It may sound cliche, but the iPhone has changed the face of point and shoot photography. As a photographer, I made the change from Android to the iPhone largely due to the quality of its camera.
There are dozens of apps for the iPhone related to photography, but not one has taken the iPhone world by storm like Instagram. This free app is very easy to use. You snap a photo (or get one from your library) and upload it as is, or use one of fifteen different filters.
Where Instagram excels however, is that it has become its own community. Like Twitter, you can follow fellow Instagram users, use hashtags and also post images to Twitter, Facebook, Tumblr, etc. Some Instagram users have really stood out with their work, producing images that could easily be turned into a book. Instagram has over 2.2 million users and upload 3.6 million new images a week.
Peter Kim is one of those users. I connected with Pete on Twitter, but noticed after some time his time on Twitter was greatly reduced. It’s only when I got an iPhone and joined the Instagram community myself that I saw Pete had turned much of his attention to it as opposed to Twitter. On Twitter, Pete has about 1500 followers. On Instagram, he has 45,000.
Here are a few reasons why:
I caught up with Pete and he was gracious enough to answer a few questions:
1. What attracted you to the Instagram community?
The short answer is that I like to take pictures and it’s a great creative outlet for me.
The long answer is that I was looking for something new and different to engage in and with. I hadn’t heard anything about Instagram until I went looking in the iPhone app store for a camera app that was a little more “sophisticated” than the iPhone’s native camera app. While searching for an app, I was intrigued by this Instagram app I saw touting itself as a new and different way to share photos socially. I downloaded the app, signed up, and posted by first pic on Oct. 7, 2010 — the day after Instagram launched. It was only after my first comment from @prudychick, and a few likes started trickling in regularly, when I was hooked.
2. You use quite a few apps to produce some images. This one for instance. I read how you did it and you used about 5 different apps to get the final result. What are 5 of your favorite iPhone apps?
Five of my favorite photo related apps are: QuickPix (captures successive hi-res shots at 2 shots/sec), Camera+, PhotoToaster, PhotoShake (pic collages), and ColorBlast (isolates colors against black and white).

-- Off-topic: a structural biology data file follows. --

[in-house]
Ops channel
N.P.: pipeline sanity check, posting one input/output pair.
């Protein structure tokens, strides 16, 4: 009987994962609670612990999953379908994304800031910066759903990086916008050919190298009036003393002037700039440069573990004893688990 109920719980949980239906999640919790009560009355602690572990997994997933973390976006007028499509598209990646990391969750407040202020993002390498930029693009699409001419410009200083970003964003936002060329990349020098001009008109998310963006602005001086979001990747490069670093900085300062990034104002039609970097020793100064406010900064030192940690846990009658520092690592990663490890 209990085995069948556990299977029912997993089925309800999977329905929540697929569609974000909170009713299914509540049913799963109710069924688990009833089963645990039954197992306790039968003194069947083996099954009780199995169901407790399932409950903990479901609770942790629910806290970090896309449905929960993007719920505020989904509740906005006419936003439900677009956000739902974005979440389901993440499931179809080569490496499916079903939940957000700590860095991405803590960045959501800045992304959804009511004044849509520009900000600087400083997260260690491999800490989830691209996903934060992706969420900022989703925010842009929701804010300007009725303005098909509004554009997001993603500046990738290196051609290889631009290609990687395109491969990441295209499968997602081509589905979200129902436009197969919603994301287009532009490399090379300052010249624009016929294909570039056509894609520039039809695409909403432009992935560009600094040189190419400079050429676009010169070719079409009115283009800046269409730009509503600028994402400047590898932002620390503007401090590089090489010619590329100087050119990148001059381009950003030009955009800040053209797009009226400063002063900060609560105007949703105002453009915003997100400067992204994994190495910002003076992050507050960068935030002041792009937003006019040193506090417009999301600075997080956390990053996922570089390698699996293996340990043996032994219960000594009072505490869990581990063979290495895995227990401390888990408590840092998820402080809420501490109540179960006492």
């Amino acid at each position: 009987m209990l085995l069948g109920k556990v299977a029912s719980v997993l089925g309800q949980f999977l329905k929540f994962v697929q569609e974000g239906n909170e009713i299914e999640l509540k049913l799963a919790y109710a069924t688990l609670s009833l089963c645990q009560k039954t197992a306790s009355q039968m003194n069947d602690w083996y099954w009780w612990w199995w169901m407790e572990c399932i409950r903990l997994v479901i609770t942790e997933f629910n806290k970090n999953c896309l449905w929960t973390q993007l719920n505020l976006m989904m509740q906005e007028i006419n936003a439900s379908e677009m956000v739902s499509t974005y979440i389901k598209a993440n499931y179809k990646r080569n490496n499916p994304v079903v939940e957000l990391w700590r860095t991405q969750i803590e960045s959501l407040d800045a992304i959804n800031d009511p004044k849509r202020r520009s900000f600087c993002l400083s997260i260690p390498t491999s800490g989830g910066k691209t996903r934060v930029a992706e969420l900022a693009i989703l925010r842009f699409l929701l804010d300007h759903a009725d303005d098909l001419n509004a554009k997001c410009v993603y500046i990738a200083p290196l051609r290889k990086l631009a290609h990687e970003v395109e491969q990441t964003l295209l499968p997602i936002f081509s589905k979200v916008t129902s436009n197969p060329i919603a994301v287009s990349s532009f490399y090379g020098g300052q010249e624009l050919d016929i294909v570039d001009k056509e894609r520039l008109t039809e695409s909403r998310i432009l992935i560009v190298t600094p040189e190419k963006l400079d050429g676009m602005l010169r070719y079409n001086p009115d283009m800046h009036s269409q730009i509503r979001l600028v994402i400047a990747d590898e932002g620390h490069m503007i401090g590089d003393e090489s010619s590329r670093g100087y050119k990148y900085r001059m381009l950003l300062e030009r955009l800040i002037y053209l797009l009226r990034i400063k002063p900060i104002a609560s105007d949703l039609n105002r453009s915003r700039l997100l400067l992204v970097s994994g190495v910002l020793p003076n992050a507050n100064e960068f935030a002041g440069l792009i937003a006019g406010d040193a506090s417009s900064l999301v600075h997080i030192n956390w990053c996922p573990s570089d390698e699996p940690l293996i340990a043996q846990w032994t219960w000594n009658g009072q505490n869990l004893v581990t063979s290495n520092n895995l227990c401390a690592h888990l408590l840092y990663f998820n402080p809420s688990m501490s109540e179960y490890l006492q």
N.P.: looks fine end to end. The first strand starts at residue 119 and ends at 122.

3. Have you thought about developing your own app for iPhone photography or partnering with somebody to do it?
I have thought about it, but my ideas are quite fleeting against an investigation of a plethora of “solutions” already available. Maybe, one day, the inspiration for a solution will become available to me for the taking!
4. What was your first “big” Instagram image in terms of “likes”?
That’s kind of a tough question to answer because the bar is perpetually being raised as new images are posted, and as followership increases. Your milestones evolve from 10 likes to 50 likes to 100 to 200 to 500 to 900 and so on, all the while looking for consistency. I never expected to become what some have labeled an “InstaCeleb” — I think I was just in the right place at the right time as Instagram increased in popularity.
First 10 Likes:
First 500 Likes:
First 900 Likes:
In a lot of ways, the amount of “likes” and followers is what most people are after on Instagram, and I’d be lying if I didn’t find some gratification in garnering so many likes and followers. But, what I really appreciate is the affirmation from others with their likes as sort of validation of my creative and artistic “talent” that God has deposited in me that I hadn’t really cultivated in my life before.
5. Do you use the iPhone for all of your images?
I do occasionally set up some pics in Photoshop, but I use my iPhone 4 for 98% of my posts — it’s the only camera I have. I have an old point-and-shoot that’s sitting in the back of a drawer somewhere, and I don’t own any “professional” cameras or gear.
Follow Peter Kim
Many thanks to Pete for taking time out to ask some questions. If you use Instagram, you will definitely want to follow him. If you don’t have an iPhone or iPad, you can still check out Pete’s work using Instagrid or Followgram. You can also follow Pete on Twitter.